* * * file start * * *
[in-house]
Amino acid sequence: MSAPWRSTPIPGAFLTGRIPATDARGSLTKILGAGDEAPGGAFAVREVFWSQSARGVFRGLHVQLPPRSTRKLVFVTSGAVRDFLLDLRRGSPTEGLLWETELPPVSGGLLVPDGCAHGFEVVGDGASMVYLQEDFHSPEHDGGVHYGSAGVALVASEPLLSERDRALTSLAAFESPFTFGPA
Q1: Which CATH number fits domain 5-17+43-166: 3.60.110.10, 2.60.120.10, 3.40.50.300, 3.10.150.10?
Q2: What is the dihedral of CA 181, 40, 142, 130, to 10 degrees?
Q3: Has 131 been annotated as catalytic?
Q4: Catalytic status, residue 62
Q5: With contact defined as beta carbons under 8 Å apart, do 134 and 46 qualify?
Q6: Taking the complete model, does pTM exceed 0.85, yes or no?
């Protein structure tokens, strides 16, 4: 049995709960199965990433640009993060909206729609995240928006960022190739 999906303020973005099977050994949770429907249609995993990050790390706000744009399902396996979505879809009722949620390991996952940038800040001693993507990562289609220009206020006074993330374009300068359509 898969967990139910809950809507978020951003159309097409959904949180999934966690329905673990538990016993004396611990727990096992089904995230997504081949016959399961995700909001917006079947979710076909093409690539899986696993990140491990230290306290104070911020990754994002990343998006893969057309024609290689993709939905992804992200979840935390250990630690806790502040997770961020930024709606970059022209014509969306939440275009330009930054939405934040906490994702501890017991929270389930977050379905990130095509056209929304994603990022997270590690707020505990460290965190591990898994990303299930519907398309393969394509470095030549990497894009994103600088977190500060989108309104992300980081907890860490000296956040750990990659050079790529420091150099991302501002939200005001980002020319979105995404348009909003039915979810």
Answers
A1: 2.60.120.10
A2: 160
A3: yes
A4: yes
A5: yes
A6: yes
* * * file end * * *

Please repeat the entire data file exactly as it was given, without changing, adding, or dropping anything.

[in-house]
Amino acid sequence: MSAPWRSTPIPGAFLTGRIPATDARGSLTKILGAGDEAPGGAFAVREVFWSQSARGVFRGLHVQLPPRSTRKLVFVTSGAVRDFLLDLRRGSPTEGLLWETELPPVSGGLLVPDGCAHGFEVVGDGASMVYLQEDFHSPEHDGGVHYGSAGVALVASEPLLSERDRALTSLAAFESPFTFGPA
Q1: Which CATH number fits domain 5-17+43-166: 3.60.110.10, 2.60.120.10, 3.40.50.300, 3.10.150.10?
Q2: What is the dihedral of CA 181, 40, 142, 130, to 10 degrees?
Q3: Has 131 been annotated as catalytic?
Q4: Catalytic status, residue 62
Q5: With contact defined as beta carbons under 8 Å apart, do 134 and 46 qualify?
Q6: Taking the complete model, does pTM exceed 0.85, yes or no?
């Protein structure tokens, strides 16, 4: 049995709960199965990433640009993060909206729609995240928006960022190739 999906303020973005099977050994949770429907249609995993990050790390706000744009399902396996979505879809009722949620390991996952940038800040001693993507990562289609220009206020006074993330374009300068359509 898969967990139910809950809507978020951003159309097409959904949180999934966690329905673990538990016993004396611990727990096992089904995230997504081949016959399961995700909001917006079947979710076909093409690539899986696993990140491990230290306290104070911020990754994002990343998006893969057309024609290689993709939905992804992200979840935390250990630690806790502040997770961020930024709606970059022209014509969306939440275009330009930054939405934040906490994702501890017991929270389930977050379905990130095509056209929304994603990022997270590690707020505990460290965190591990898994990303299930519907398309393969394509470095030549990497894009994103600088977190500060989108309104992300980081907890860490000296956040750990990659050079790529420091150099991302501002939200005001980002020319979105995404348009909003039915979810």
Answers
A1: 2.60.120.10
A2: 160
A3: yes
A4: yes
A5: yes
A6: yes